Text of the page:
The teacher should fold each card and seal it in a separate envelope so that the genotype is hidden. The following information should then be presented to the class: Assume for the moment that, thanks to the human genome project, certain human genotypes can be identified for members of this class. For our simplified example, we will consider only four different possible genotypes, 1, 2, 3, and 4 (described below). Each of these genotypes is related to a different set of human traits. The genotypes, their associated traits and the frequency of the genotype in our class population is listed in the following chart:

Genotype Traits Frequency
1 75% have tendencies toward extremely violent, perhaps even criminal, behavior. 10%
2 98% will die before 15 unless given treatment before age 5. Treatments currently cost approximately $3,000,000. 10%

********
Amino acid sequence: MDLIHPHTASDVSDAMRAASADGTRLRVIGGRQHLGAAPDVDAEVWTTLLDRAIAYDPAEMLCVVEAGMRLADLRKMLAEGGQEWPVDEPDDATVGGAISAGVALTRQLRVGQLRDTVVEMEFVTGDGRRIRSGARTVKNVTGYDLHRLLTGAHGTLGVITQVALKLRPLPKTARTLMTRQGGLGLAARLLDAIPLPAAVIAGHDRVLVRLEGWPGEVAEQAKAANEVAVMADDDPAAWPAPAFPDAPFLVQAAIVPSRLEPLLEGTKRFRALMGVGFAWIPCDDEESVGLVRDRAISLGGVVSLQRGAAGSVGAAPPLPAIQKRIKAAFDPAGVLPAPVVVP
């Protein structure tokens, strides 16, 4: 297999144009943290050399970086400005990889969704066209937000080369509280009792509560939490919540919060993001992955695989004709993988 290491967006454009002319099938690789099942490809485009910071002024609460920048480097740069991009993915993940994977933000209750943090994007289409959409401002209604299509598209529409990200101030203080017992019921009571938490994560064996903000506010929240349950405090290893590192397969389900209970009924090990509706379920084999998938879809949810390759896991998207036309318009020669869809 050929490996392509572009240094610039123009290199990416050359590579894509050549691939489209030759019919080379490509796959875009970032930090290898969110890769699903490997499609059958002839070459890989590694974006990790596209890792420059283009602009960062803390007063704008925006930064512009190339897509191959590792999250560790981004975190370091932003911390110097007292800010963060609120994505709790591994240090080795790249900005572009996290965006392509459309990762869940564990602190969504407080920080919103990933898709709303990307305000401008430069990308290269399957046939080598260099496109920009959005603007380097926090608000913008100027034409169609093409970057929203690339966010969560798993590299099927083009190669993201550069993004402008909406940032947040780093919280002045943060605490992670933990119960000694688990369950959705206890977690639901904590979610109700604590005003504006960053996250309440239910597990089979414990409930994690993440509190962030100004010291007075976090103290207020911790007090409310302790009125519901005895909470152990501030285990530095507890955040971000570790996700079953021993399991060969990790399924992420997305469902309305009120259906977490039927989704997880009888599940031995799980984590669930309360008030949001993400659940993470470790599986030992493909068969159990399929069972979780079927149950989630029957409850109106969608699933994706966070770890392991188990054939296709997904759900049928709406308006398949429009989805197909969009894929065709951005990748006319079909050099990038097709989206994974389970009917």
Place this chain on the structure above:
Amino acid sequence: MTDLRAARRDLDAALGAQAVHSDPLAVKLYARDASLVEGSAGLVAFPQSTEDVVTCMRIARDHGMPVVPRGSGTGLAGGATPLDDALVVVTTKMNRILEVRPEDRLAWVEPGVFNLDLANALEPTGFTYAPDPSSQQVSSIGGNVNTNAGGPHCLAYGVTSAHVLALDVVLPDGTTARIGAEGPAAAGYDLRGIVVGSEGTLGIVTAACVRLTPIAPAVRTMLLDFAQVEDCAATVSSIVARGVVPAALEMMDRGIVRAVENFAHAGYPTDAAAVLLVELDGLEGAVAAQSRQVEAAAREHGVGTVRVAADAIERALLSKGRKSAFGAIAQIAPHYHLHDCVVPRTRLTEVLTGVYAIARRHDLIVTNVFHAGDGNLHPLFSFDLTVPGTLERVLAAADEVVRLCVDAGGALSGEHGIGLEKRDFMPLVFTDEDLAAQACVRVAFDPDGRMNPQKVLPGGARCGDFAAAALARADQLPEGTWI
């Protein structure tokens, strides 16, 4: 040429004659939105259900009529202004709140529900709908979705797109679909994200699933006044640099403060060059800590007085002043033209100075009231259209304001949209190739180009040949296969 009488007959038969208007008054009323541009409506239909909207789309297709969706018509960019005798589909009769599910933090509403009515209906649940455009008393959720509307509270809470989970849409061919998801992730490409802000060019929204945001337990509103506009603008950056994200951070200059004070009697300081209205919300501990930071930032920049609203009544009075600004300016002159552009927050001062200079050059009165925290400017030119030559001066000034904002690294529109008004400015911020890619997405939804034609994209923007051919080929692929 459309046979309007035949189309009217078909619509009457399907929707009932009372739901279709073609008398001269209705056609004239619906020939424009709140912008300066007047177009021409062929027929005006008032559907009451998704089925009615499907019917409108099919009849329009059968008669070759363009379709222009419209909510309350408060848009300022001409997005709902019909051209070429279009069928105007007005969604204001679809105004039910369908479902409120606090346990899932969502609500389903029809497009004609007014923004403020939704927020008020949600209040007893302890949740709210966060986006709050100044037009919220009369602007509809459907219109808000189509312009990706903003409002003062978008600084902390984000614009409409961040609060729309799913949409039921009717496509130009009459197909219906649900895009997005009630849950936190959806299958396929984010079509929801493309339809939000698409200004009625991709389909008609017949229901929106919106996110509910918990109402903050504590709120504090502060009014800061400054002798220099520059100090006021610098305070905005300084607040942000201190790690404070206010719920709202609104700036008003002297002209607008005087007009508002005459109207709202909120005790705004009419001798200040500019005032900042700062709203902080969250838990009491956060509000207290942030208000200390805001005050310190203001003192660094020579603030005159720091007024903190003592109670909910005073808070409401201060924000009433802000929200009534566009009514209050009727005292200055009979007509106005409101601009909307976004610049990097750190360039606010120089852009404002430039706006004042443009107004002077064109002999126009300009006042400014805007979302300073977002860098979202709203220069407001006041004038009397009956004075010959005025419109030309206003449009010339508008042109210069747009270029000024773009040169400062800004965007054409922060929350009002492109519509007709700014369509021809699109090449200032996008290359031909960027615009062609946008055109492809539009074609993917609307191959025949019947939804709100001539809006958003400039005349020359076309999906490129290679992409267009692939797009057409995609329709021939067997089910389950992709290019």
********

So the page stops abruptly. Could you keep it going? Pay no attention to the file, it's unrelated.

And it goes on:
3 75% have the sorts of mental and physical traits that are keys to becoming superstar athletes. 10%
4 No special tendencies have been identified. They all fall within the "normal" range in appearance, ability, and predicted behavior. 70%

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The teacher should randomly distribute one sealed envelope to each student and review the prepared information with the class. Then, without opening the envelopes, the following questions can be used to start discussion:

  • Do you want to open your envelope? What advantages or disadvantages might there be?
  • If you open your envelope, who should have access to the information? Who should not?
  • If this information became available to the public, what might be the consequences?
  • If this information were available before the birth of an individual, what consequences do you think this might have? Should it be made available? To whom?